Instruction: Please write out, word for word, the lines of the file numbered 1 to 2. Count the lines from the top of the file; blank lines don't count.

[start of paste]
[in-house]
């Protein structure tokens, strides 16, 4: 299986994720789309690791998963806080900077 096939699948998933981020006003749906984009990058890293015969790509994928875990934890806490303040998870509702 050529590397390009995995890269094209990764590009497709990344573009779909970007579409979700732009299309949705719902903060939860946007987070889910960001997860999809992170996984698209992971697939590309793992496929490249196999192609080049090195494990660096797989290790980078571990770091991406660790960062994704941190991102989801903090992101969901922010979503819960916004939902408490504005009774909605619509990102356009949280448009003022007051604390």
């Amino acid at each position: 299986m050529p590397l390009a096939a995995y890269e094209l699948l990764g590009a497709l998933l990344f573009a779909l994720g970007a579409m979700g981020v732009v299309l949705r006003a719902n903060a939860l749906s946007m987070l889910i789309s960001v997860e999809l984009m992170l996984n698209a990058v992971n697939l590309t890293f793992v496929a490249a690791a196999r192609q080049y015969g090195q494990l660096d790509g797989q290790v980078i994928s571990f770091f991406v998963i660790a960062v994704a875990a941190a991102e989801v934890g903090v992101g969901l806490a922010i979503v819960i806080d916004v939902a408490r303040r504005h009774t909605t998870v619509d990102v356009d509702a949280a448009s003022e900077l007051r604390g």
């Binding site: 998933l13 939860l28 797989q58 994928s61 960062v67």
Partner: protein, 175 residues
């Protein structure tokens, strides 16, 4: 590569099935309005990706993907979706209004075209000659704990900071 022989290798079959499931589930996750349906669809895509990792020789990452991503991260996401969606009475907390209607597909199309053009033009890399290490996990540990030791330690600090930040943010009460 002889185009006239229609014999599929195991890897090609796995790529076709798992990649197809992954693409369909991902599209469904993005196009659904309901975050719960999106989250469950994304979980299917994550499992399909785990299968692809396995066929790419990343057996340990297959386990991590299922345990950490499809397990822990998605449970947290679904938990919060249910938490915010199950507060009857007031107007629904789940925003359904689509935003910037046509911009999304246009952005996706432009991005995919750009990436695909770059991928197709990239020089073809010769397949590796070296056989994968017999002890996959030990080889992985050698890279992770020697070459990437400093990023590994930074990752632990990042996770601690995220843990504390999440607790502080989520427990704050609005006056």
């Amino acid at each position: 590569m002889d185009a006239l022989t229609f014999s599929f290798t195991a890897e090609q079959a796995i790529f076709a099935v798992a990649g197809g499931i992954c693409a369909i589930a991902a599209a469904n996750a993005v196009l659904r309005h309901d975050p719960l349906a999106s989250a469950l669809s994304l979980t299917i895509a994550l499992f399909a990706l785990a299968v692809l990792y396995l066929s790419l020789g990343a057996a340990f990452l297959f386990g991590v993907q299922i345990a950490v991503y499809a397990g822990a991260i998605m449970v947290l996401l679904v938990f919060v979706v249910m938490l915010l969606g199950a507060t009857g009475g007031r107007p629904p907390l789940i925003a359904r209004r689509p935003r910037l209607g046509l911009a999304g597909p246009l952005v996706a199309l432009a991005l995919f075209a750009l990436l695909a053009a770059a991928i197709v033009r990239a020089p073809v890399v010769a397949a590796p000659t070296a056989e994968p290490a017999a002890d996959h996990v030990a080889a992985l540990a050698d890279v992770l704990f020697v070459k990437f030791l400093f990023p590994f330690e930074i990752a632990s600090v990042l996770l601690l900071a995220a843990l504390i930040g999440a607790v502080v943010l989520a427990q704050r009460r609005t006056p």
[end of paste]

[in-house]
């Protein structure tokens, strides 16, 4: 299986994720789309690791998963806080900077 096939699948998933981020006003749906984009990058890293015969790509994928875990934890806490303040998870509702 050529590397390009995995890269094209990764590009497709990344573009779909970007579409979700732009299309949705719902903060939860946007987070889910960001997860999809992170996984698209992971697939590309793992496929490249196999192609080049090195494990660096797989290790980078571990770091991406660790960062994704941190991102989801903090992101969901922010979503819960916004939902408490504005009774909605619509990102356009949280448009003022007051604390």